Checking if file exists?
Is there a method in C++ for checking if a certain file exists in the directory of the program? For example, checking if there is a file named foobar1.txt, and if there is, open a new file named foobar2.txt? Is this possible without using some external library or platform dependant code?
Try to open the file for reading - if that's possible, then it exists. If so, close it and get a new name, repeat until a non-existant name.
It is not entirely perfect, as someone else may have the filename opened in exclusive mode, so you can't open the file - but if the files you are creating aren't likely to be opened in exclusive mode, then that problem can be ignored]
The other potential problem is the race-condition that happens if you have multiple instances, you may end up with two instances trying to creat exactly the same filename/number combination, because both found that files up to 7 exist, so 8 is the right new number.
Both can be solved by trying again if the creation of the new file fails.
You could try opening the file in question for input and see if it fails. Not foolproof, because the file could fail to open for other reasons besides not being present. And of course, race conditions, which can't really be solved.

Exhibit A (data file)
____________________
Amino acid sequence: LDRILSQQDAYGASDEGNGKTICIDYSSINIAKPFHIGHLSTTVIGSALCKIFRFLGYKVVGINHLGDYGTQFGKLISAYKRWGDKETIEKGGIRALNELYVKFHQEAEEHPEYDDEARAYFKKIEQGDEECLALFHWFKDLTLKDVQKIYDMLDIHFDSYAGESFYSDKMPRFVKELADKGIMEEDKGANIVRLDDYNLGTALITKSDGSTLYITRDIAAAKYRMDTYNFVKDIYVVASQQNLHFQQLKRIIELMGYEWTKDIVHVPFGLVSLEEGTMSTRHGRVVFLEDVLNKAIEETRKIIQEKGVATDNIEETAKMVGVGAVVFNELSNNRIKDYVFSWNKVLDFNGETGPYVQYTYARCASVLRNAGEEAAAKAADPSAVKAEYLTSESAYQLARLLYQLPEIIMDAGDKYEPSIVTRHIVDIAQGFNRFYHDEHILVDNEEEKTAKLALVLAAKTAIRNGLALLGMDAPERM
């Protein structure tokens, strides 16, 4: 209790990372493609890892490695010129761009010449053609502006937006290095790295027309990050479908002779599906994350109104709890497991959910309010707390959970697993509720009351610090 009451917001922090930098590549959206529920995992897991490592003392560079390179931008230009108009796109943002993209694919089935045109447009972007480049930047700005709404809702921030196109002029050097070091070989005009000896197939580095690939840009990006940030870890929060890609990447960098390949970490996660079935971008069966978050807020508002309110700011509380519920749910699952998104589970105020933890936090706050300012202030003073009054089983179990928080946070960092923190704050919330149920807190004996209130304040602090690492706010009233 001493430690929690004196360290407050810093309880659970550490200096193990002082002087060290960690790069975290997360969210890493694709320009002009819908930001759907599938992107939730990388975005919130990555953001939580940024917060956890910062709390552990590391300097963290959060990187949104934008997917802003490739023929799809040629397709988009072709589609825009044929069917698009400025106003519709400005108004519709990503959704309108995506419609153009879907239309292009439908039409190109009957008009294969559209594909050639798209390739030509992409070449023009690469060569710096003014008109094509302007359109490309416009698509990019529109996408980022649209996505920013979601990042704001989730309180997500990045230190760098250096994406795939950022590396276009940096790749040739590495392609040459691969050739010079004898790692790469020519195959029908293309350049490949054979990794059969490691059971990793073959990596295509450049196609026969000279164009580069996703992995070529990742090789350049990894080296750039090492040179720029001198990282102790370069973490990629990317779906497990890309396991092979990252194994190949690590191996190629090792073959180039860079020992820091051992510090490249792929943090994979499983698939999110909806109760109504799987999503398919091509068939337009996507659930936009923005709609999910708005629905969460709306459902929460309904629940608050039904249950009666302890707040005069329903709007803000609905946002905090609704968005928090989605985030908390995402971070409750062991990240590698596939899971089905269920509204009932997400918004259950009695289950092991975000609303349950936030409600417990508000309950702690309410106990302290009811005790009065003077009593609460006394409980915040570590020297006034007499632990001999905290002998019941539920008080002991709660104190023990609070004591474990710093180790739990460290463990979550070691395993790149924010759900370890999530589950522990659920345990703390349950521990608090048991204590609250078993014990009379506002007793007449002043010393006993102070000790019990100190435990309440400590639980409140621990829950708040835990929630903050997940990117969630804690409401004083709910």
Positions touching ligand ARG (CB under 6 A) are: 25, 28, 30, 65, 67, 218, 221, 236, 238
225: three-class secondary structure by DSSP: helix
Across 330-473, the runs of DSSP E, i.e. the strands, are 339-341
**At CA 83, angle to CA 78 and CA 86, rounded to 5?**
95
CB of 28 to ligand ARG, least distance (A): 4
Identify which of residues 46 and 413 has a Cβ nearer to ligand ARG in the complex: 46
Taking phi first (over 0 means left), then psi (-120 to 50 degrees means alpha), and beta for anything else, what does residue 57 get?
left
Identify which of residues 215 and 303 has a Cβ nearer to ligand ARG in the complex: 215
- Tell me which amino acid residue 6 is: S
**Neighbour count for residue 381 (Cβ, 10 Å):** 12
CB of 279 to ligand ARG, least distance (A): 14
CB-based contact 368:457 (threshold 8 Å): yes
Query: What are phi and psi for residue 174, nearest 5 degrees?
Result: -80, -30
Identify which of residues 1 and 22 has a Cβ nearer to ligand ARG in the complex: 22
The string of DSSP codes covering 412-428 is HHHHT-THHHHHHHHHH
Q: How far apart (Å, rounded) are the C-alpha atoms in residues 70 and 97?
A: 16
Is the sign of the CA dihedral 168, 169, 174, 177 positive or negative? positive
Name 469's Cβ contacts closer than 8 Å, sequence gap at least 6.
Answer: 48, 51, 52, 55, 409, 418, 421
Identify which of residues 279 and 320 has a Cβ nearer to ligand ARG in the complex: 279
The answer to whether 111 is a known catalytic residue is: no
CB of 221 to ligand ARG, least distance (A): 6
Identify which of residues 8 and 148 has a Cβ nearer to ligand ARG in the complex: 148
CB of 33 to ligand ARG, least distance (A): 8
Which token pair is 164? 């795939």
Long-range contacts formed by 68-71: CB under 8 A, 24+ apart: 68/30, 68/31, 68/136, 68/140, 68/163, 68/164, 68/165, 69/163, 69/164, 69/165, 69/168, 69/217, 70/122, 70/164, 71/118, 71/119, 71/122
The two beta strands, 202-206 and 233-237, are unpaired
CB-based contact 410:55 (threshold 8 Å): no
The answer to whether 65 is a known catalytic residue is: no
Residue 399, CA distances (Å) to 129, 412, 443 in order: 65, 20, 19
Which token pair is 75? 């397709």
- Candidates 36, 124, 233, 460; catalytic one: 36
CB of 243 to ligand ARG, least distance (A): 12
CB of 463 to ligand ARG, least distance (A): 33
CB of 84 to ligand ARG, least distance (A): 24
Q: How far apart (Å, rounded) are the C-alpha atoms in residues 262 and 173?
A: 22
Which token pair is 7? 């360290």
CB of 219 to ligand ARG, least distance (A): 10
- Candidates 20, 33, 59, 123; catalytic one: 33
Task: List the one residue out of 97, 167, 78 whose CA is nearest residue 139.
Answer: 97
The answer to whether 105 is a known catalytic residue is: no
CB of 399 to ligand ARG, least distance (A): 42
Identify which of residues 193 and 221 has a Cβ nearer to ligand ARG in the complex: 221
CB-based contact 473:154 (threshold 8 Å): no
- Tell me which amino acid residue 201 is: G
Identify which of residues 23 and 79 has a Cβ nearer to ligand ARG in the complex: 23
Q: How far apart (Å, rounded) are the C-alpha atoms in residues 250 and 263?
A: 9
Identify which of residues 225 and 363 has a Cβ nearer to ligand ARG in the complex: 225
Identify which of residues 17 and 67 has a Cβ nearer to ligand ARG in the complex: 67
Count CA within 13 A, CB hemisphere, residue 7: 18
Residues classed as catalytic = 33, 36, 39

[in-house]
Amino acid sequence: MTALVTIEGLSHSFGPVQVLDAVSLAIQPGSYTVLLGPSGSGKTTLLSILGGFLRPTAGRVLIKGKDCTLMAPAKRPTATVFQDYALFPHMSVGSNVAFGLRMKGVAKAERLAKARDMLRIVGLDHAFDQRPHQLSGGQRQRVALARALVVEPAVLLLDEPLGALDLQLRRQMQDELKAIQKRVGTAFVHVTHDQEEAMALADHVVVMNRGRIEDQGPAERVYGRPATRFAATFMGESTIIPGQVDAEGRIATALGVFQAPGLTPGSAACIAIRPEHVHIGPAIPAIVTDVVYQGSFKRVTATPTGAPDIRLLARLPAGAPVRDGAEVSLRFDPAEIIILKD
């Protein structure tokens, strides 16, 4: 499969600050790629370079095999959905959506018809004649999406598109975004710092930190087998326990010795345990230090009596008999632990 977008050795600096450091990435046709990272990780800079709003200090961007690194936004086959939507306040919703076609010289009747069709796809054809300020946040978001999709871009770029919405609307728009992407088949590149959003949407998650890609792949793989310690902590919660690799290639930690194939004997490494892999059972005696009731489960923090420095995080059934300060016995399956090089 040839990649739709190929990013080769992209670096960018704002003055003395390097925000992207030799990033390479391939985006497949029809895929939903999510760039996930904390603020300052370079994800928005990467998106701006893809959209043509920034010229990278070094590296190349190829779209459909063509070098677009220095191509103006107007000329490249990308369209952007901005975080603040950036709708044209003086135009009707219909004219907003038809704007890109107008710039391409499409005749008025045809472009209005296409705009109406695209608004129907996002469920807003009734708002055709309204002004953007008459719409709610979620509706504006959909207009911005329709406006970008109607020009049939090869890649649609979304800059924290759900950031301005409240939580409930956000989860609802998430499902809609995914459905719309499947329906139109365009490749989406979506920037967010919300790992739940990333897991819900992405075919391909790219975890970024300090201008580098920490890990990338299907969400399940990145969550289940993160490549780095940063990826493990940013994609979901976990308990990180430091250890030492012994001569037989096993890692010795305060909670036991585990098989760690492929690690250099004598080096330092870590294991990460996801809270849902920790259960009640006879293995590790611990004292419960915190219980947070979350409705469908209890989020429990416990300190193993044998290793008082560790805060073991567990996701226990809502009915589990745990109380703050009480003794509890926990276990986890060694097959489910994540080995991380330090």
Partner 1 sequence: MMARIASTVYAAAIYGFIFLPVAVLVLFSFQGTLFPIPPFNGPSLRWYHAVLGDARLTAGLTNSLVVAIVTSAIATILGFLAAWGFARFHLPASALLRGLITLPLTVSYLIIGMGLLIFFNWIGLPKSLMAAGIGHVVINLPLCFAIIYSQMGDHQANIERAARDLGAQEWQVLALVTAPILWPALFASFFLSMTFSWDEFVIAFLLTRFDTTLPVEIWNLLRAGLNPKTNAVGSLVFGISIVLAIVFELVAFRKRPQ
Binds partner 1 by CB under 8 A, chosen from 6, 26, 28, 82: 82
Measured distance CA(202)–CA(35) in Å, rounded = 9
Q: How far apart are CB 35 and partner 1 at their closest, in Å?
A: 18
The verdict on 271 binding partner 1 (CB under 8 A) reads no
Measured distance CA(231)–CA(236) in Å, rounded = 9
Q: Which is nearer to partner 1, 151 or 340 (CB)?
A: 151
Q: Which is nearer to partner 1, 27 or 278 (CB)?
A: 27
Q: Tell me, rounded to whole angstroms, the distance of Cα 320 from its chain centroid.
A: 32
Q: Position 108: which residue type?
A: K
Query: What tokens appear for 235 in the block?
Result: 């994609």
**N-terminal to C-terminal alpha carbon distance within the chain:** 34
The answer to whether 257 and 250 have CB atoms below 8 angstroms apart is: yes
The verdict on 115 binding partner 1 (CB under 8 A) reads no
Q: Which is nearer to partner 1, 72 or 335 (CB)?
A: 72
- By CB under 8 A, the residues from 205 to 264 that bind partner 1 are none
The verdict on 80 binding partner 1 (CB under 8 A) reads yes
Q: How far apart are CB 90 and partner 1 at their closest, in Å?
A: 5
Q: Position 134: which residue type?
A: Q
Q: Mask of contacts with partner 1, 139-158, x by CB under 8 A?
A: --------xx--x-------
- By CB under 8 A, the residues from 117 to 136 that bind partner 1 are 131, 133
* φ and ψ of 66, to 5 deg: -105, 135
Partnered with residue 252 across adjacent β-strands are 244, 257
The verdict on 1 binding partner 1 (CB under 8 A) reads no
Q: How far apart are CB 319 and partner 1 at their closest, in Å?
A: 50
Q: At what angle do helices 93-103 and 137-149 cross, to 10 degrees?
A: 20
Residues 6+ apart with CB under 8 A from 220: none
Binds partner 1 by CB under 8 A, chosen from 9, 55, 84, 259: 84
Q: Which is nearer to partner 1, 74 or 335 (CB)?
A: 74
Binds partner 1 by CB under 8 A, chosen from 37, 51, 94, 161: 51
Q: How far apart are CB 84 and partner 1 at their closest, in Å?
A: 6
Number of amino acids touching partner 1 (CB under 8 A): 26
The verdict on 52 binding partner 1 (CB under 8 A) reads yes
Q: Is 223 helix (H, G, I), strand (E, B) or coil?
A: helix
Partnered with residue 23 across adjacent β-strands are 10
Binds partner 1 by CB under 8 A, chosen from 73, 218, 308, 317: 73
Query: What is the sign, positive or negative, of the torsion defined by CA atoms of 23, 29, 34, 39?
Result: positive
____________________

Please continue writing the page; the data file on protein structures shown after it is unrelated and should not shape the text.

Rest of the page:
Originally Posted by Neo1
But if i use std::ofstream foo("bar.txt"), and the file doesn't exist, a new one is created, isn't it? How would i check if a new file is created, or if an existing one is opened?
Open for input, not output. std::ifstream is for input.
Yes ofcourse, i knew that <.<
Originally Posted by Daved
Well, std::ifstream doesn't seem to create a new file when i try to open it, but i'm still not sure how my program would know whether or not ifstream was succesful in opening the file?
Is it possible to do something like this:
So, the bool would be false if ifstream failed in locating the file? In other words, does the constructor for ifstream return a 0 if it fails? And if not, how could i then do it?
file_exists = std::ifstream foo("bar.txt");
//it could open file
Awesome, thanks alot guys :)
Originally Posted by prog-bman
There is also the is_open() function.